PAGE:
The main technical reason is that most databases require you to authenticate in order to figure out which "schema" or "application" you are connecting to. Otherwise, it doesn't know who you are.
The main security reason is that connections from the local network should not be trusted. If another node on your network is compromised (a PC, a server, a wifi guest, the teenage sys-admin in the back room downloading warez), then so is your unauthenticated database. Of course your database and app server should reside behind a firewall either way.
You can limit the connections to localhost (same computer), but in many architectures, the app code runs on a different node from the database. If your app is co-resident with your DB, and you have a single dedicated DB for your app, then you can get away with this.
With databases that support schemas / multiple accounts, users are often dedicated to unique applications. MongoDB encourages this. This ensures multiple applications can safely share a single database infrastructure. I often host multiple web applications with a single physical database. App1 should not be able to freely connect to App2's data store.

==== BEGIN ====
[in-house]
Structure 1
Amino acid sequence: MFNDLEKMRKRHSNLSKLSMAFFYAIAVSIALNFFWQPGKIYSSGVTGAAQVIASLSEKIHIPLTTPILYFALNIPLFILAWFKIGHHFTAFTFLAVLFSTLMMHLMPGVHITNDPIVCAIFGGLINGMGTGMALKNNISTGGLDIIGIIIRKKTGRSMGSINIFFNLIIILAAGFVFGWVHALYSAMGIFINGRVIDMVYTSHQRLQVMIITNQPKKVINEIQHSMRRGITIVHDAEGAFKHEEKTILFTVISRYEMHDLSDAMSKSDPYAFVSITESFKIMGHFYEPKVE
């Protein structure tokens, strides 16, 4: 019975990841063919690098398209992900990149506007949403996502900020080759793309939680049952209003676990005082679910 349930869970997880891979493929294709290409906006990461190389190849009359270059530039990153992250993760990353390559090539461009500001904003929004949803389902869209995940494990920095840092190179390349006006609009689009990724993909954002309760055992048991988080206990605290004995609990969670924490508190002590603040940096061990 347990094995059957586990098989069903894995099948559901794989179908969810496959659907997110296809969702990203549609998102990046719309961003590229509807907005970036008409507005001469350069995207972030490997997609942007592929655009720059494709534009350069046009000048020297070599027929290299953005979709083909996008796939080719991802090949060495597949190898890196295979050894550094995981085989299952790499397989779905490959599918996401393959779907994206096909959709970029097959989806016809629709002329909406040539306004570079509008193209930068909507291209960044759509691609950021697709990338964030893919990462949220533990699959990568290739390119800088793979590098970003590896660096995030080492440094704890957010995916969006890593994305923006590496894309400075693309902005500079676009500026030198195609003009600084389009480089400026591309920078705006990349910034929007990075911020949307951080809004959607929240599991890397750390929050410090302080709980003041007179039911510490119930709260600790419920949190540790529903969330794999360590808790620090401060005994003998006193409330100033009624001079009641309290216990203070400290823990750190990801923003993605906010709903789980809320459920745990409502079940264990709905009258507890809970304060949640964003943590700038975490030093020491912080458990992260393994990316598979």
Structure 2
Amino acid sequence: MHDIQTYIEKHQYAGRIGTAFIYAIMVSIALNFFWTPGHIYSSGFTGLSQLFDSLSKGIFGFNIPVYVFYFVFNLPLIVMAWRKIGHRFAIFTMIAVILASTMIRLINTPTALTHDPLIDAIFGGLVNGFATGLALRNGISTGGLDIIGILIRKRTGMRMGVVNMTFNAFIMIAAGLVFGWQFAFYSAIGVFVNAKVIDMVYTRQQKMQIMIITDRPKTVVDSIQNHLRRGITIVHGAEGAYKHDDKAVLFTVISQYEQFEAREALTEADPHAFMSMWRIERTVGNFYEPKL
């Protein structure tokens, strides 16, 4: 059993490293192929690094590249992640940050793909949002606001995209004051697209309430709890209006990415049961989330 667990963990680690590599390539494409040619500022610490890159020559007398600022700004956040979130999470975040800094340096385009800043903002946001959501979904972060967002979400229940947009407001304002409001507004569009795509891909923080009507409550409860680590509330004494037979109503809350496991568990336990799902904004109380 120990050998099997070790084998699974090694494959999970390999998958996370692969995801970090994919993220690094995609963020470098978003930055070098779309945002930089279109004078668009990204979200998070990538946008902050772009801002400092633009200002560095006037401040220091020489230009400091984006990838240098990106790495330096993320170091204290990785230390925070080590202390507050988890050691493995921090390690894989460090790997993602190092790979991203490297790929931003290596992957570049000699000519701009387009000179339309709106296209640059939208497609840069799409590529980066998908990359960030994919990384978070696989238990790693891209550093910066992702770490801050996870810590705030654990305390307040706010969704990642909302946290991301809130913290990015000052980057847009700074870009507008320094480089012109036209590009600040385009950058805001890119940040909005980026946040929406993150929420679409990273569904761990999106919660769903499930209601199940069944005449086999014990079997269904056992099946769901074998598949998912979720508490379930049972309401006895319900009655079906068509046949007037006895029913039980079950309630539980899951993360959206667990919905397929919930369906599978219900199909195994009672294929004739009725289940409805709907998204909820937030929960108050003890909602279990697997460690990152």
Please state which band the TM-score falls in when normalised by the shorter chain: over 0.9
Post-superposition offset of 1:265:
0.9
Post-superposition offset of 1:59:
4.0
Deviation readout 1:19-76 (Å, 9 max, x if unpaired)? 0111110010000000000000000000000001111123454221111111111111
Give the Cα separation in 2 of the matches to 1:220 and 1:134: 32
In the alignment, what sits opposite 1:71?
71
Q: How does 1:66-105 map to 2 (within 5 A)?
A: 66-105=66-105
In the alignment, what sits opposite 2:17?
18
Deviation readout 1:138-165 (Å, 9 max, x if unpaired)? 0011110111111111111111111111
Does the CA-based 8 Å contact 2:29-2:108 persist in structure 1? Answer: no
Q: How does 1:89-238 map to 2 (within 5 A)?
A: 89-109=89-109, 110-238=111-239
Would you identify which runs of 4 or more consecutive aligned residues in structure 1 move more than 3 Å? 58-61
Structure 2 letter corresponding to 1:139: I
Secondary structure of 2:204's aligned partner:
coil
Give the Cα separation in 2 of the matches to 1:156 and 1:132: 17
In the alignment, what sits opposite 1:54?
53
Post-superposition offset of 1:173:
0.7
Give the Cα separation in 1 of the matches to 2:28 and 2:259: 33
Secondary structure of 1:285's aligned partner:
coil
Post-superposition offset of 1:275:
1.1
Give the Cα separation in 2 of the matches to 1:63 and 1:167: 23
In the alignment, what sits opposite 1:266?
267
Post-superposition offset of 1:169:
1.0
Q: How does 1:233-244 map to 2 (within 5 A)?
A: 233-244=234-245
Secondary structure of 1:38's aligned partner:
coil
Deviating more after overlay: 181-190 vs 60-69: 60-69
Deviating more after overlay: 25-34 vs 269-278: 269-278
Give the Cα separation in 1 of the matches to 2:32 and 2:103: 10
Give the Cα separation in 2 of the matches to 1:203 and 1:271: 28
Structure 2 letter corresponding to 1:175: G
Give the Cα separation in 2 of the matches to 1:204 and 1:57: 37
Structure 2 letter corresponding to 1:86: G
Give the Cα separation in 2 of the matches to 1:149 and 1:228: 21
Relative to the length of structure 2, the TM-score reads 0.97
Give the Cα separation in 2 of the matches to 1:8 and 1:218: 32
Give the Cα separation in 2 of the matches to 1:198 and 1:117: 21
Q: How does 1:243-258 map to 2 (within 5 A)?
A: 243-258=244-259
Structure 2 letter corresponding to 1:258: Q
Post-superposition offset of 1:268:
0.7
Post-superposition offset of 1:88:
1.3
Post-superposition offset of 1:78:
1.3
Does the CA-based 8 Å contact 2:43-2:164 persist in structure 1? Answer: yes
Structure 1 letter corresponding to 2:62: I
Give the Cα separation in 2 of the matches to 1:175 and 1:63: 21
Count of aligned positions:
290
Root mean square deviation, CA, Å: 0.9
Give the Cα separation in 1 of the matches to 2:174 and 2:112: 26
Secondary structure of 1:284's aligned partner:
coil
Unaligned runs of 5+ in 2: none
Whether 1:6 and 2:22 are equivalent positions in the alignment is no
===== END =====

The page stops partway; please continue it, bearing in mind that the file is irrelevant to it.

Lastly, for auditing / compliance reasons, users must authenticate in order to identify who did what, retroactively. If you are in any business covered by regulatory controls, HIPAA, SOX, etc. accurate auditing is a requirement. Generic or shared users are not compliant.
As far as who is responsible? It is every programmer's responsibility, but especially the app programmer and database administrator. Often those are one and the same.
Maybe some of these don't apply to your app, but its a good practice nonetheless.